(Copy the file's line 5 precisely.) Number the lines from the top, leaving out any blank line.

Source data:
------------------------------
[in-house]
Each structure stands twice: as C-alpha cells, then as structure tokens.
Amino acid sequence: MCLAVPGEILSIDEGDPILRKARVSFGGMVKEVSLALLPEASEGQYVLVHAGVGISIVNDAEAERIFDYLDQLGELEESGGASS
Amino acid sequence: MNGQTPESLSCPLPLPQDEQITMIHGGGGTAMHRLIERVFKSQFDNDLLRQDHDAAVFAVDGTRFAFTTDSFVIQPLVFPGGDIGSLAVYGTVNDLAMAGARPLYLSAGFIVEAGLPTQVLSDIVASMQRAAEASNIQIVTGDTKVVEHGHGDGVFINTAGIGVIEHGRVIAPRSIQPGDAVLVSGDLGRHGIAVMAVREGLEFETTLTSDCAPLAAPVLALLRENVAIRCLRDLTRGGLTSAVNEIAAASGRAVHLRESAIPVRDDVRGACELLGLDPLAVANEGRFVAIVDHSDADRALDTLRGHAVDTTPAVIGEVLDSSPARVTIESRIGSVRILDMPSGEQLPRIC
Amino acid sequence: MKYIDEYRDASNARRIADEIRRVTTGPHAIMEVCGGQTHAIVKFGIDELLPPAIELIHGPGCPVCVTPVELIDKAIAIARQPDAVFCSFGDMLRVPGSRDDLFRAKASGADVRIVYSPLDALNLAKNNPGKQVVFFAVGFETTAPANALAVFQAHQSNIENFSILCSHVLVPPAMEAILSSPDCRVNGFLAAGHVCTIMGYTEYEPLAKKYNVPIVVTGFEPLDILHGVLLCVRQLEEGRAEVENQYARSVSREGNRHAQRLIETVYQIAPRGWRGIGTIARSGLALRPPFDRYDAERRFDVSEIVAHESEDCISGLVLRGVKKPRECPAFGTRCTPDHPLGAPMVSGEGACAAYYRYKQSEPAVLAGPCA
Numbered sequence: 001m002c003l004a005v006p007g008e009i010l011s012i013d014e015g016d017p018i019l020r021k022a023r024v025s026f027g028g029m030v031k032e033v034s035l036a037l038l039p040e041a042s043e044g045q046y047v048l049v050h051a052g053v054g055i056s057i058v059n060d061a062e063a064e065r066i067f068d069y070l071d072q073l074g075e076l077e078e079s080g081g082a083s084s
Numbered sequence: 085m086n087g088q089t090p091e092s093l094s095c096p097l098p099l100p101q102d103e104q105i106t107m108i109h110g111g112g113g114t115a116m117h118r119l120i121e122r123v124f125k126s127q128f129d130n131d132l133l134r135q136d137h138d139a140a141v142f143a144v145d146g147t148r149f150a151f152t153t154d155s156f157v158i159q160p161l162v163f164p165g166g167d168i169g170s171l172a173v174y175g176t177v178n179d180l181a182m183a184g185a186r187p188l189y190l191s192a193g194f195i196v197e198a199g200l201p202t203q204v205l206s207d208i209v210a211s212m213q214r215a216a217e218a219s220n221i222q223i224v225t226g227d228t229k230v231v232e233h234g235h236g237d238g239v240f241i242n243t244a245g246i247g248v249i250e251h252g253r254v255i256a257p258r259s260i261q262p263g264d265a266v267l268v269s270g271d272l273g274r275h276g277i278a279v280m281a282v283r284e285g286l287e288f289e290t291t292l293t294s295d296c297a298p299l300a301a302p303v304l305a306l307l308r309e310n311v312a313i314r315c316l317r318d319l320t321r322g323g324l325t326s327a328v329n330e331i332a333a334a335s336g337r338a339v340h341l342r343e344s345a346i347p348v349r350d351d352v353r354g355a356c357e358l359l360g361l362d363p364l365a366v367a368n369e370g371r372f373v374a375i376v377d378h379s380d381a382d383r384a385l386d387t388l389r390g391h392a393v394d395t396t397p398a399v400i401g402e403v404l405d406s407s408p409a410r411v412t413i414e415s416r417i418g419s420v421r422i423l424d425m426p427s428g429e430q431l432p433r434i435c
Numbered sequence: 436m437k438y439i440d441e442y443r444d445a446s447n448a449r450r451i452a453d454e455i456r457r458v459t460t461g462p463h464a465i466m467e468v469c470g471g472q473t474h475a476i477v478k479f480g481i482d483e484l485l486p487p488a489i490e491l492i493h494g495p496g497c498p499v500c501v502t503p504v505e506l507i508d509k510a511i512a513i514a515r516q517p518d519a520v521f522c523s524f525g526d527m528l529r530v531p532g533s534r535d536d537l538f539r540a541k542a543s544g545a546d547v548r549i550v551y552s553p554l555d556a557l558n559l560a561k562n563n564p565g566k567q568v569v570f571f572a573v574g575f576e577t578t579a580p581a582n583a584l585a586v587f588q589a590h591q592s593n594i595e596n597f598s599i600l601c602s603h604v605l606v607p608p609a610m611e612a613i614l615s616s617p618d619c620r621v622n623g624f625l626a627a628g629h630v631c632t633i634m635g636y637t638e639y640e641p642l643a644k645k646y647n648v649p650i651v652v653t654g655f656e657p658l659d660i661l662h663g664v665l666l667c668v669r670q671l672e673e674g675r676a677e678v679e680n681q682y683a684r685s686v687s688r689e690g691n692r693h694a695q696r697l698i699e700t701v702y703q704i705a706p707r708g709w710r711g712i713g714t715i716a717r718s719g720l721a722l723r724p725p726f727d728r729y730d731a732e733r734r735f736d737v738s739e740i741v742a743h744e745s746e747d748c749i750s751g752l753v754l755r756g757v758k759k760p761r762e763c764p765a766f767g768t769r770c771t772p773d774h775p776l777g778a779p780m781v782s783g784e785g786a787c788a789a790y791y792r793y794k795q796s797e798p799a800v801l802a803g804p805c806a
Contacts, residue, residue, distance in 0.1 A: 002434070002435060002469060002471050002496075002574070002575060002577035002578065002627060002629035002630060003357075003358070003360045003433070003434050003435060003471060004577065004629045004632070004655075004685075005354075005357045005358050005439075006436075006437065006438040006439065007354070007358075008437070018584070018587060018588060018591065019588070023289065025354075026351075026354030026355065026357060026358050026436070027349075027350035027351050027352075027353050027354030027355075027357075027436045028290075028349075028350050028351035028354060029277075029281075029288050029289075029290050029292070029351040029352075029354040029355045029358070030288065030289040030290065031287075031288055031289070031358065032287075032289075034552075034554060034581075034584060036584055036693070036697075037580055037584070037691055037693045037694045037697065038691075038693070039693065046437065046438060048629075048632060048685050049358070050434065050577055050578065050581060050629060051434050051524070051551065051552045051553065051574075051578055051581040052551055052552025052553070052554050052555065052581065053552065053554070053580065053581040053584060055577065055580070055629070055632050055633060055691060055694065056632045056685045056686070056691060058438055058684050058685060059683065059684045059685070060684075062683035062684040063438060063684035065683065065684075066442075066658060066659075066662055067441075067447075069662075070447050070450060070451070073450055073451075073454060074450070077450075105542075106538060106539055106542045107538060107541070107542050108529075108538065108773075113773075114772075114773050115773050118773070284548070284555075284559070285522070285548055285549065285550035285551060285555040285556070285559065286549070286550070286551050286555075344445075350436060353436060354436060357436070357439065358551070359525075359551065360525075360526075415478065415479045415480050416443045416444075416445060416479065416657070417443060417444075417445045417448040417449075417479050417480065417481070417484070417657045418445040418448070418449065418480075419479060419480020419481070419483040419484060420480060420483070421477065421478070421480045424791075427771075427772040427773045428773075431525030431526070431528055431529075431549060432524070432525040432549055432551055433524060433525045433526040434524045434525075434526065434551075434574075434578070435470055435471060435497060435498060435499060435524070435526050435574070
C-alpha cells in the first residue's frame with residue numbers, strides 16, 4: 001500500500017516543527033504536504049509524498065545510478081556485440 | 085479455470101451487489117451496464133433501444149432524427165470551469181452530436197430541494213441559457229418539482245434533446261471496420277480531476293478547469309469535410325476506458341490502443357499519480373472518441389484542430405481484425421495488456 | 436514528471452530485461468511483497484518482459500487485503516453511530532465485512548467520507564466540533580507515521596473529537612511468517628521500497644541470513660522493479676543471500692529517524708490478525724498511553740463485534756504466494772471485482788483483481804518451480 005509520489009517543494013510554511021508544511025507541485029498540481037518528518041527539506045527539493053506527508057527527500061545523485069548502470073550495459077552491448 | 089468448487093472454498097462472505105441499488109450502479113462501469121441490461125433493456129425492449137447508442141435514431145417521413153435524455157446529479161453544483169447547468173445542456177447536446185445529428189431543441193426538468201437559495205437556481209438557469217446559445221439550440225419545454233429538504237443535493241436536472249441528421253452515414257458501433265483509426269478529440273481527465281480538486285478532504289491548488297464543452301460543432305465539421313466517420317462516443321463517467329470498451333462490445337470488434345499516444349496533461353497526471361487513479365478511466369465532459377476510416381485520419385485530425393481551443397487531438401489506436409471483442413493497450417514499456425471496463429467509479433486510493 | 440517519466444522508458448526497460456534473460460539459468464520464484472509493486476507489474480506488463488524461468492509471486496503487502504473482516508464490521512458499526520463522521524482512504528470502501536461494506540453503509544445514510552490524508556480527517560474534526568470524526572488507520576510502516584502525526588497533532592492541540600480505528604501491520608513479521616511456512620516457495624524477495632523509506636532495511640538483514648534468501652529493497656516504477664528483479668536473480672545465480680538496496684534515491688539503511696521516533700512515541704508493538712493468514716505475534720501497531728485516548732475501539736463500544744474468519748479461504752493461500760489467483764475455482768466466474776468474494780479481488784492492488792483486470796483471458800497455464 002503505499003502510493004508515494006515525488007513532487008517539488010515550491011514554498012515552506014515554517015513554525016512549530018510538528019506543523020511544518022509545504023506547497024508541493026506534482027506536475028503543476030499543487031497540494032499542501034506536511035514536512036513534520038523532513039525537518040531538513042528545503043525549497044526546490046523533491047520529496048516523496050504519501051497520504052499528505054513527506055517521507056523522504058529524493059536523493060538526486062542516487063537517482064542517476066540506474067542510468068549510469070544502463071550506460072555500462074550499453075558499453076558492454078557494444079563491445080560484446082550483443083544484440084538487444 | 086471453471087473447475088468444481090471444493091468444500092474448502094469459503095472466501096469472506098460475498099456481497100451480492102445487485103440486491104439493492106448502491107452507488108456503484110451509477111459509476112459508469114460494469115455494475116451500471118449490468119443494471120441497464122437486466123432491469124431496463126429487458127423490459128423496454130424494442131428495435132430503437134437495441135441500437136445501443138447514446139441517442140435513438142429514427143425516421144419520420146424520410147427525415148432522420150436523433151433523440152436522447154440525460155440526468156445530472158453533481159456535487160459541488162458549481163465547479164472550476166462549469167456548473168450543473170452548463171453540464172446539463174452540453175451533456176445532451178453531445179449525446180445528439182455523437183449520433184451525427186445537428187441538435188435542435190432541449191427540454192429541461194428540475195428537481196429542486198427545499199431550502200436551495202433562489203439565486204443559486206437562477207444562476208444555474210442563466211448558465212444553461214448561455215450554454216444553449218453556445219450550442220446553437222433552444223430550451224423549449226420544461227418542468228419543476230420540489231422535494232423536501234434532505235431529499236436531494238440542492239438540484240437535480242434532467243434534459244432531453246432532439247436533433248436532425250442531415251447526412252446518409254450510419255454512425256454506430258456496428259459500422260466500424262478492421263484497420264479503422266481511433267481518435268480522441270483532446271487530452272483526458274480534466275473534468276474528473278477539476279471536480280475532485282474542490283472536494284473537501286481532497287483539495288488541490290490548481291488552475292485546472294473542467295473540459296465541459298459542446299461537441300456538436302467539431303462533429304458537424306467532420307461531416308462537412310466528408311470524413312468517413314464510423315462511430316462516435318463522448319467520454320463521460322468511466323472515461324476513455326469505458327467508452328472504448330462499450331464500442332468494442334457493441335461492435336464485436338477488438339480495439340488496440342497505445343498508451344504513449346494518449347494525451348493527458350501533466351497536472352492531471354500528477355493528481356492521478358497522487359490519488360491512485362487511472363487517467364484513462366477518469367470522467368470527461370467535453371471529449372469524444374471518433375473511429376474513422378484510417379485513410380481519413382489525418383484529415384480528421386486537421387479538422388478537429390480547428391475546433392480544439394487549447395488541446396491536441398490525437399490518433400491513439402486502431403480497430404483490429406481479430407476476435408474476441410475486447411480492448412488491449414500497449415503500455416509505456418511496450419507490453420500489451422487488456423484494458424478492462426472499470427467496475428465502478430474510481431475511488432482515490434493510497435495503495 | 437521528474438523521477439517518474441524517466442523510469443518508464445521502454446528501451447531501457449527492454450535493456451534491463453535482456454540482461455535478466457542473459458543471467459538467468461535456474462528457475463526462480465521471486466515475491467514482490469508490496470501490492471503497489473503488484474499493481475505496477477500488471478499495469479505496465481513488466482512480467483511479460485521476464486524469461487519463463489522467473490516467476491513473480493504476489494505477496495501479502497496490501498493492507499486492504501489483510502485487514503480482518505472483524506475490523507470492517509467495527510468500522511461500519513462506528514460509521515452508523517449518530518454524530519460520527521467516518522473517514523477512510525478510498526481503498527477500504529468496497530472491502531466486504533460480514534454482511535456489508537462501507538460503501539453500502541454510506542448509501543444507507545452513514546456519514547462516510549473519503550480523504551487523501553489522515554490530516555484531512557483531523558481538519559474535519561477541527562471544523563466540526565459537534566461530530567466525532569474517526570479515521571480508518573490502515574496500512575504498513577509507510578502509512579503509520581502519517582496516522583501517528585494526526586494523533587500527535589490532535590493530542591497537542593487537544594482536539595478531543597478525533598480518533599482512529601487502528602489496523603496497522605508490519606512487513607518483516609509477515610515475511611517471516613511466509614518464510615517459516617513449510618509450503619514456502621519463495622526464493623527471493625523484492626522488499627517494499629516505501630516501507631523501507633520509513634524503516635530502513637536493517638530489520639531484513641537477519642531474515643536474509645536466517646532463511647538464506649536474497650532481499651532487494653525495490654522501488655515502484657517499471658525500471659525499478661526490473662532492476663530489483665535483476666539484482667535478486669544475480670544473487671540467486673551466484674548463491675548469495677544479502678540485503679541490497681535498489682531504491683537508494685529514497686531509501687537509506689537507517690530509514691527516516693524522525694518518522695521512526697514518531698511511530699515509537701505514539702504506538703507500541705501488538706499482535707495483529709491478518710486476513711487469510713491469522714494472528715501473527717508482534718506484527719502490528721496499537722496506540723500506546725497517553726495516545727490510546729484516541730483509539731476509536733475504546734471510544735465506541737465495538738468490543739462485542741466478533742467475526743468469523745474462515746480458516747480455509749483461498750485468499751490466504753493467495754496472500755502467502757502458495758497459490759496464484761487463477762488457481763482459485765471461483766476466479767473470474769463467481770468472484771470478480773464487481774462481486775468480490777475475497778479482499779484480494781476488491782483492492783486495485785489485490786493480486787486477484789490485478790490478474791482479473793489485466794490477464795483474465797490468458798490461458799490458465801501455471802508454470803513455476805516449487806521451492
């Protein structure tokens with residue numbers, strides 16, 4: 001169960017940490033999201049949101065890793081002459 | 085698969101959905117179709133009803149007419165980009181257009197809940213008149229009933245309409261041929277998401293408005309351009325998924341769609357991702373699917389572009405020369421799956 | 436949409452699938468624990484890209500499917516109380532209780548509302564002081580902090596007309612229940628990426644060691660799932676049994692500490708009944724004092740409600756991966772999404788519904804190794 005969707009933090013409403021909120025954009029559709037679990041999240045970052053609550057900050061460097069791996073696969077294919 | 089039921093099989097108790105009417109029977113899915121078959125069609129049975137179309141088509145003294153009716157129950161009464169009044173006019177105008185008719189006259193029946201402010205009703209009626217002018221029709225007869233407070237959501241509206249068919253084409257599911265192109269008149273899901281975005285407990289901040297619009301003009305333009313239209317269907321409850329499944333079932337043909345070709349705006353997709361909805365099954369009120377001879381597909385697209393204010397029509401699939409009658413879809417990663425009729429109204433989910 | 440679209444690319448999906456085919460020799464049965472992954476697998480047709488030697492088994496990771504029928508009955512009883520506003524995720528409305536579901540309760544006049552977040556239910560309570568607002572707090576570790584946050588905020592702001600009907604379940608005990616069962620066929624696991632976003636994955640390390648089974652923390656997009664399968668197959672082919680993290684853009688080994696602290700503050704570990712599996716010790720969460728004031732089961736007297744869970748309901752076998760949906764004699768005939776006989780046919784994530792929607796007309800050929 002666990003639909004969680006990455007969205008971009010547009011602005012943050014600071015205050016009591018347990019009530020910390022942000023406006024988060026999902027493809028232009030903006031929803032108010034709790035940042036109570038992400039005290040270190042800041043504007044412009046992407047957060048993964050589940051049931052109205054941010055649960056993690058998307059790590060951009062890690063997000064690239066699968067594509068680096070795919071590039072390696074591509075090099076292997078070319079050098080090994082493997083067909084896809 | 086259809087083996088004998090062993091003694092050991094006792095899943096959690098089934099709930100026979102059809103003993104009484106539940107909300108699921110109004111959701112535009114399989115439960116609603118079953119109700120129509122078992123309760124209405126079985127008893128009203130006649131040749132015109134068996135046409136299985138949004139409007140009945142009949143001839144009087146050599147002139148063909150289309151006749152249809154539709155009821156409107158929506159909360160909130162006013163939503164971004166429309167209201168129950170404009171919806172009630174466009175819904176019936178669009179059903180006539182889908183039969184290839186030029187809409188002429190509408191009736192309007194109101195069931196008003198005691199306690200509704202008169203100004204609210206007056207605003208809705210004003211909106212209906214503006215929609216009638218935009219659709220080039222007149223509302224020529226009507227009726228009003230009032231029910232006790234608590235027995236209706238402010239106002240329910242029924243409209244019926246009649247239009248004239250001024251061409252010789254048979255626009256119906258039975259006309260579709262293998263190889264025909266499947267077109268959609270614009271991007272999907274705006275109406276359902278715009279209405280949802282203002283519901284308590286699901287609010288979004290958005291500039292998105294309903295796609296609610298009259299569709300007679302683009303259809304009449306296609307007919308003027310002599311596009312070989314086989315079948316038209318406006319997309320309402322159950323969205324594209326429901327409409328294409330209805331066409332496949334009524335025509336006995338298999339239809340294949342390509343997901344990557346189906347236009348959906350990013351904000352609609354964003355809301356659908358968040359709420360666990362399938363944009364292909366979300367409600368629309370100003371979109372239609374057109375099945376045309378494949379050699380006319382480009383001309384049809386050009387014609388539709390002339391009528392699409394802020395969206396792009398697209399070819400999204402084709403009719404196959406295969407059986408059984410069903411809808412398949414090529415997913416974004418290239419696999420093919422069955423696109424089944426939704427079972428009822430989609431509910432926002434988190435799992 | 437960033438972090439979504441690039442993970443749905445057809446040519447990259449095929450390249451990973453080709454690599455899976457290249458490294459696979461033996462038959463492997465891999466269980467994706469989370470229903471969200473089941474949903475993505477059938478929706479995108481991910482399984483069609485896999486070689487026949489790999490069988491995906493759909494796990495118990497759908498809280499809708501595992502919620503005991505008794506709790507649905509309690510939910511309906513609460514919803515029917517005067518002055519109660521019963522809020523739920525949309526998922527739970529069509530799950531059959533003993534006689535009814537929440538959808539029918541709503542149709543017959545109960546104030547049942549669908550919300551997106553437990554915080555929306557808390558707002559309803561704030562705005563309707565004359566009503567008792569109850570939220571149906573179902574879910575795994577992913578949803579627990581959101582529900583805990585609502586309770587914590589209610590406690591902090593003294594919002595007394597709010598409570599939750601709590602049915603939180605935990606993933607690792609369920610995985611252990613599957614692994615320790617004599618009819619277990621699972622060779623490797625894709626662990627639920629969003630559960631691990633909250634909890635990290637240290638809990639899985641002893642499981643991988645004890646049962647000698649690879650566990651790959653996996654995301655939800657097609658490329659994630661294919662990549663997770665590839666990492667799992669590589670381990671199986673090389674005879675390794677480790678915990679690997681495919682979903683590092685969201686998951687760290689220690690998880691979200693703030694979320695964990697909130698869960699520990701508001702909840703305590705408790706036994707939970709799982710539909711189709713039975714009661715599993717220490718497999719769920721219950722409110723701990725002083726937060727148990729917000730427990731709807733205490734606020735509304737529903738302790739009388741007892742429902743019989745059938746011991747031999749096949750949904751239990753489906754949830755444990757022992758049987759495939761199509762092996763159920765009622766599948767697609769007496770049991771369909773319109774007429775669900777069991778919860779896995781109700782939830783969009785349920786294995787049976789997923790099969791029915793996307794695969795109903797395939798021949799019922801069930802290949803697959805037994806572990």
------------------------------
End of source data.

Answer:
Amino acid sequence: MKYIDEYRDASNARRIADEIRRVTTGPHAIMEVCGGQTHAIVKFGIDELLPPAIELIHGPGCPVCVTPVELIDKAIAIARQPDAVFCSFGDMLRVPGSRDDLFRAKASGADVRIVYSPLDALNLAKNNPGKQVVFFAVGFETTAPANALAVFQAHQSNIENFSILCSHVLVPPAMEAILSSPDCRVNGFLAAGHVCTIMGYTEYEPLAKKYNVPIVVTGFEPLDILHGVLLCVRQLEEGRAEVENQYARSVSREGNRHAQRLIETVYQIAPRGWRGIGTIARSGLALRPPFDRYDAERRFDVSEIVAHESEDCISGLVLRGVKKPRECPAFGTRCTPDHPLGAPMVSGEGACAAYYRYKQSEPAVLAGPCA